Police K-9 Silhouette Plaque

This plaque is a result of one of the many tips and suggestions that I have received from some of my viewers. Chris Rader made a rustic flag after watching one of my videos. He did a great job on the flag and later, Chris sent me a picture of a K-9 Plaque that he had made and I really liked the idea. After getting some suggestions from Chris and asking permission to use his idea here, I made this plaque using the profile of a local K-9, Zorro.

This is a pretty simple and inexpensive project. I started by getting a picture of a local K-9 and a copy of the PDF file that Chris had made. I emailed the file and the picture to Office Max and asked them to print the PDF file to 18” in diameter and to print the picture of the K-9 to the size that would replace the generic K-9 picture that was in the PDF file. Since I was replacing the generic K-9, I could have simply drawn my own circle and inserted the picture that I had but I wanted to use the flag overlay that Chris had already created.

I wanted to keep this project really simple so instead of gluing a panel together, I used Chris’ idea of buying a ready made round panel. I found an 18” diameter, 1” thick panel for just over $10.00.

I don’t have a large compass or a marking gauge so I used a paint paddle to mark the circle just inside the outside edge of the panel. I did this by using a tape measure to find the exact center of the panel. After marking the center of the panel, I put a nail through the paint paddle at one end and placed the sharp end of that nail on, not in, the center of the panel. I then determined how far in from the edge I wanted the circle. I marked that distance on the paint paddle, made a small notch for a pencil end to follow and used that to draw a perfect circle around the panel.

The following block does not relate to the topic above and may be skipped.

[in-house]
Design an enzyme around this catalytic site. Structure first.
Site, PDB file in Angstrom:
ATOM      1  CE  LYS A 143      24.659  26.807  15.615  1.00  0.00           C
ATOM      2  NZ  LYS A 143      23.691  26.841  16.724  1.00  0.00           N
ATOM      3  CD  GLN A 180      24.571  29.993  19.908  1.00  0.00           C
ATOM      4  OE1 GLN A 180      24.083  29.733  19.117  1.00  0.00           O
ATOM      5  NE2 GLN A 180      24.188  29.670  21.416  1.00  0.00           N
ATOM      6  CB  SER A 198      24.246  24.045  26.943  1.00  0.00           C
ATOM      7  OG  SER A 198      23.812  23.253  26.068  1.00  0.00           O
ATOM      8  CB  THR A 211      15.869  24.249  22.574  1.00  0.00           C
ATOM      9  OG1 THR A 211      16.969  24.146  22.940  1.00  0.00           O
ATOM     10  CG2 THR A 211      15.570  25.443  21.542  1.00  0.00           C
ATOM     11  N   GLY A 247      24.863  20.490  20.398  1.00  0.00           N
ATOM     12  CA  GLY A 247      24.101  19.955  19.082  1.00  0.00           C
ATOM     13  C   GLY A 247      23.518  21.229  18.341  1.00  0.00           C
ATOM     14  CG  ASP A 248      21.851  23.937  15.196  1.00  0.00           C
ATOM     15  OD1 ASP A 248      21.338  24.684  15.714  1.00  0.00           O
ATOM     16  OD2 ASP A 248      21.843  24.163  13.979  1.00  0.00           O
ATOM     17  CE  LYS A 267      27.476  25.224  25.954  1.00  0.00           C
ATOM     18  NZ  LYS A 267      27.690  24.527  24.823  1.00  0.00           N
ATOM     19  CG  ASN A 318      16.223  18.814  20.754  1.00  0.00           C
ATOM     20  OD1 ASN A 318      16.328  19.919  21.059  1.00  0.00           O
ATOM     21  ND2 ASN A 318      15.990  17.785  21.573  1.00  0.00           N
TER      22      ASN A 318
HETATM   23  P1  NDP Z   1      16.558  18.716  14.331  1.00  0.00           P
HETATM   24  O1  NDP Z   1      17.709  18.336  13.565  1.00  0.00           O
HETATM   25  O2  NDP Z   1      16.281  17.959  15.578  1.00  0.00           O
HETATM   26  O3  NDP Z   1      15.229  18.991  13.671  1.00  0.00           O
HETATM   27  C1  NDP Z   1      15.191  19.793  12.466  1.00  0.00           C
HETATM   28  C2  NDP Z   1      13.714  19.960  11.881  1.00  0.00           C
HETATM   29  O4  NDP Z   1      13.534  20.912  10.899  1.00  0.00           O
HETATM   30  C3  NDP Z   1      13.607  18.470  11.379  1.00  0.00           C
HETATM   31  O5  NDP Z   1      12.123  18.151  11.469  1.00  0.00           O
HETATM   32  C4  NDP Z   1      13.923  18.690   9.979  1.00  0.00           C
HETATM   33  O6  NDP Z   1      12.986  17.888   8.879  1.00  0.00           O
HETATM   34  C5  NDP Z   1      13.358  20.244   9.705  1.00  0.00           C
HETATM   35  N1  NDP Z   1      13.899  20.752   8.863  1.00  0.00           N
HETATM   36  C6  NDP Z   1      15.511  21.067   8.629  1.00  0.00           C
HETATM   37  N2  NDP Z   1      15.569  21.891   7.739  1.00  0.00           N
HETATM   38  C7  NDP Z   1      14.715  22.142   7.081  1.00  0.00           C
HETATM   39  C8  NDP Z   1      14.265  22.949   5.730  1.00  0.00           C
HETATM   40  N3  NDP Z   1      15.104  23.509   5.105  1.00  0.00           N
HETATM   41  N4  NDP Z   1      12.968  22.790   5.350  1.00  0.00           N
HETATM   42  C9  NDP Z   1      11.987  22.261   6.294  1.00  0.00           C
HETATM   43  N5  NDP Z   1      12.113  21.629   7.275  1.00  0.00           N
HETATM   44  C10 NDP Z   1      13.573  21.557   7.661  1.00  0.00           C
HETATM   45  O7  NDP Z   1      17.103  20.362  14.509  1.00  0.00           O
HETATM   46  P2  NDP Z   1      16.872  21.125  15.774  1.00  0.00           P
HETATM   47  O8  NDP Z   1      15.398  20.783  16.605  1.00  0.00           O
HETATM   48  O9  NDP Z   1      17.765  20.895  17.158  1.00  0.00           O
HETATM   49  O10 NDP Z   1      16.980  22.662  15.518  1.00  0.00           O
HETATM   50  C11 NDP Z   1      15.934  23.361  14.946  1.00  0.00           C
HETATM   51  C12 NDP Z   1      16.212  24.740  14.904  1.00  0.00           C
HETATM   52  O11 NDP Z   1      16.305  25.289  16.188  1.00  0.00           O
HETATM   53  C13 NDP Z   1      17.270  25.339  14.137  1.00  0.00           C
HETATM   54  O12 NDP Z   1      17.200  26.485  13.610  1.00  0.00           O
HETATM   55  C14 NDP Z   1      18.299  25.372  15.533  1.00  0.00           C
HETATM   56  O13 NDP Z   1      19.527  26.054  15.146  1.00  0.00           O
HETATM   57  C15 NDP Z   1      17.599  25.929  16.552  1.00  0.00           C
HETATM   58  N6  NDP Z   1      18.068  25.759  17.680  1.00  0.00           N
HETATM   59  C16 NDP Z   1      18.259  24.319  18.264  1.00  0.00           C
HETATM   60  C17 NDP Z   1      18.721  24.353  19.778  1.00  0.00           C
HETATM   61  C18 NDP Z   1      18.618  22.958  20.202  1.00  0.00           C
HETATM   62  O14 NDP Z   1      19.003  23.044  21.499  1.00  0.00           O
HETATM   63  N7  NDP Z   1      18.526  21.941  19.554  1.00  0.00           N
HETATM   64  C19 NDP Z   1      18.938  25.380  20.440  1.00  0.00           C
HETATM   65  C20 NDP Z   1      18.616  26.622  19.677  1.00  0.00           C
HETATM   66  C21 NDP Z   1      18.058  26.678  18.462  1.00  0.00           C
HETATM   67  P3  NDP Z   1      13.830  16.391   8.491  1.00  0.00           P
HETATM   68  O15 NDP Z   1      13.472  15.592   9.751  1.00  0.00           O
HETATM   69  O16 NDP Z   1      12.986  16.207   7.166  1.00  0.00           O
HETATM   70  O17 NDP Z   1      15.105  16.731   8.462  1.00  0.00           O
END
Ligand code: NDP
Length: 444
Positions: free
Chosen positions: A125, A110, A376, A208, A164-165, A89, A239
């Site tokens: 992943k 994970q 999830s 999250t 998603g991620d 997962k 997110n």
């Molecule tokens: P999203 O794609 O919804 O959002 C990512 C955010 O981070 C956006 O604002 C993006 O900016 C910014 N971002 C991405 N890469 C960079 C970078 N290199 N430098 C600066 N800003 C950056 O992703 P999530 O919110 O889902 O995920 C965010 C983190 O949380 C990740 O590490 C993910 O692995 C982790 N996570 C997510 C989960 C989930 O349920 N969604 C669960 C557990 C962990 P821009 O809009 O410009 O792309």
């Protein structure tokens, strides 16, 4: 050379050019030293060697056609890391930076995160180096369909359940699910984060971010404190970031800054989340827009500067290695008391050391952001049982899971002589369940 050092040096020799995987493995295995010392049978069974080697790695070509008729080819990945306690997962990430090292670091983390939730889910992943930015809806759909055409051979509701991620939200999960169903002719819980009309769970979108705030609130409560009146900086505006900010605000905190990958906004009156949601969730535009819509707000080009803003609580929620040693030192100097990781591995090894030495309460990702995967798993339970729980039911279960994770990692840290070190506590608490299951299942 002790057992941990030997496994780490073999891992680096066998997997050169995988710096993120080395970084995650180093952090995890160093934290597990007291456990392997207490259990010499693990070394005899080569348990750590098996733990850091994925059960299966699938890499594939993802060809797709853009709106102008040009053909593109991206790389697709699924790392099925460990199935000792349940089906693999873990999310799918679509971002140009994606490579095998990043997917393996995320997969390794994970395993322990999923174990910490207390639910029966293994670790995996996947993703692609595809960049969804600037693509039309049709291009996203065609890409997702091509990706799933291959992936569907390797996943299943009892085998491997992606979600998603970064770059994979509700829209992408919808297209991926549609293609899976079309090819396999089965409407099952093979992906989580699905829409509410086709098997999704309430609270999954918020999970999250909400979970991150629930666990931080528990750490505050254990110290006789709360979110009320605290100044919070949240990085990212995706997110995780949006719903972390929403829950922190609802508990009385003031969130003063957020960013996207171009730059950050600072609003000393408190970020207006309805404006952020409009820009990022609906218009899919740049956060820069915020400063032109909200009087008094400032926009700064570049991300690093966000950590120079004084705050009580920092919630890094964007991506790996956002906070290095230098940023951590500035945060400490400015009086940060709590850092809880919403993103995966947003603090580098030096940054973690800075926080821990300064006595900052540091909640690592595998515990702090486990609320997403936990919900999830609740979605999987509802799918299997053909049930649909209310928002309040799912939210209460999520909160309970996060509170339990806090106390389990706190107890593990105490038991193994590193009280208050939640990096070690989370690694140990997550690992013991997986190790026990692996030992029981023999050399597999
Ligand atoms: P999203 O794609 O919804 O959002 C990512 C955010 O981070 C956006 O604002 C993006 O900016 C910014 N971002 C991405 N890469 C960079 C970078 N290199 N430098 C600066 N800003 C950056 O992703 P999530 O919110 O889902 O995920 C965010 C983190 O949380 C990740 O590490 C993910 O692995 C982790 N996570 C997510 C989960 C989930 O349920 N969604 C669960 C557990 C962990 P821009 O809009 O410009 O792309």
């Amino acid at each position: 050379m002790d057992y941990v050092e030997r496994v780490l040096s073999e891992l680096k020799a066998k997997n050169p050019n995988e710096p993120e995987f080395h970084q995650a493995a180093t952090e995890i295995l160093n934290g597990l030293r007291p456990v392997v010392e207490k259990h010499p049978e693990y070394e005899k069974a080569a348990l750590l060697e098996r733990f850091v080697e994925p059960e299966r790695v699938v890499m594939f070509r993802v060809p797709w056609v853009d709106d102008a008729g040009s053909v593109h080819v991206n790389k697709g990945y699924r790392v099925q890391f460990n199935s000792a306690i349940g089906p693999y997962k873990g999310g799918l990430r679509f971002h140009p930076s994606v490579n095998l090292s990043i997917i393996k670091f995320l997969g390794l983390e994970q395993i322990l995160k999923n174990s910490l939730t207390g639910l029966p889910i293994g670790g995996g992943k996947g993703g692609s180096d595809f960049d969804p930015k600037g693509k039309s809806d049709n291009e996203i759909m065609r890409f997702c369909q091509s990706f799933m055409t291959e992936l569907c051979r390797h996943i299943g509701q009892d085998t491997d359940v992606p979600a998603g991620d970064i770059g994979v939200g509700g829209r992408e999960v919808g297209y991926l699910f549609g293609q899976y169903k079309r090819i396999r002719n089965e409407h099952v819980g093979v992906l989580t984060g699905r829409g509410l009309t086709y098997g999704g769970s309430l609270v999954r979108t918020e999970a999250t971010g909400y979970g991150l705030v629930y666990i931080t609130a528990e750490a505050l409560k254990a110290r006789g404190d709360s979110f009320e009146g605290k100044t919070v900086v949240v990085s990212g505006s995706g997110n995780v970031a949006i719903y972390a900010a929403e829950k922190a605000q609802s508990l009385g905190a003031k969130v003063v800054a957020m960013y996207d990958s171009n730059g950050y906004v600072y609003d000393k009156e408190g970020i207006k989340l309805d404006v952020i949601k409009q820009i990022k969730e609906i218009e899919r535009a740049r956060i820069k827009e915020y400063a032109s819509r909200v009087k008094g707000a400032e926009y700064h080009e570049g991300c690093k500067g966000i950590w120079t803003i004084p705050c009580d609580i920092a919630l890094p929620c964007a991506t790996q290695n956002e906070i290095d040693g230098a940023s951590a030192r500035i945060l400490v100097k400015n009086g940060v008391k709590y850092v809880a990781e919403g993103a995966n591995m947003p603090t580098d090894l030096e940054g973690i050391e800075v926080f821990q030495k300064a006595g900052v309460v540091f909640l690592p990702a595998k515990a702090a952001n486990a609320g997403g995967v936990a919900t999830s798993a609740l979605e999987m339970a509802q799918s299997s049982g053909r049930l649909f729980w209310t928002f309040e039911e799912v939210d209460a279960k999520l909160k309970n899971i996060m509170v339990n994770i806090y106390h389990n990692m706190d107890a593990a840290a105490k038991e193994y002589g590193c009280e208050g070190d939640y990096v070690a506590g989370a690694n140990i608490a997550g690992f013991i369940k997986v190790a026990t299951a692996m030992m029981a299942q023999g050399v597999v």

I then placed the picture of the K-9 on the panel and centered it up. I placed a piece of carbon paper under the picture and traced the outline of the K-9 onto the panel. After transferring the picture to the panel, I used the original K-9 picture to lay over the one that I outlined so that I could transfer the flag overlay to the panel.

I started by using a #192 carving bit on my Dremel tool to follow the inside of the circle and around the outside of the K-9 head. Once I had outlined the part that I wanted to carve, I continued carving that area until I had removed approximately .25” of wood. After carving that area, I used a sanding drum on the Dremel tool to smooth the area that I carved.

I then used a small detail torch to scorch every other stripe that I had transferred over the K-9 head. I used a scrap piece of oak as a straight edge to protect the light stripes from the flame so that only the targeted stripes would be scorched. I also scorched the union and the outside circle on the panel.

After scorching the union, I used my star stencil to mark the stars in the union. I used the Dremel tool with a #106 carving bit to carve through the scorched layer on the stars to reveal the bare wood underneath. I then used the torch to lightly tint or antique the stars and the light stripes.

I used painters tape to tape around the stripe below the union (the 8th stripe on a standard flag) so that I could paint that stripe blue. I used Rust-Oleum # 7251 Cobalt Blue Metallic spray paint for the blue stripe.

Once the blue paint had dried, I sprayed the panel with one coat of Minwax Helmsman Spar Urethane. The one coat of spray helps protect the K-9 head and all that had been scorched while I hand carved the area around the head that I had previously carved with the Dremel tool. Hand carving leaves tool marks that help give it a rustic look and it removes any unwanted burn marks and blue overspray.

After all hand carving was completed, I brushed on two coats of Minwax Helmsman Spar Urethane. Once the panel had dried I added a hanger to the back and it was ready to be displayed.

One thing that could be added to make the panel unique would be to engrave the name of the K-9 under or above the profile.
Thank you for visiting www.thefurrminator.com

Jeff Furr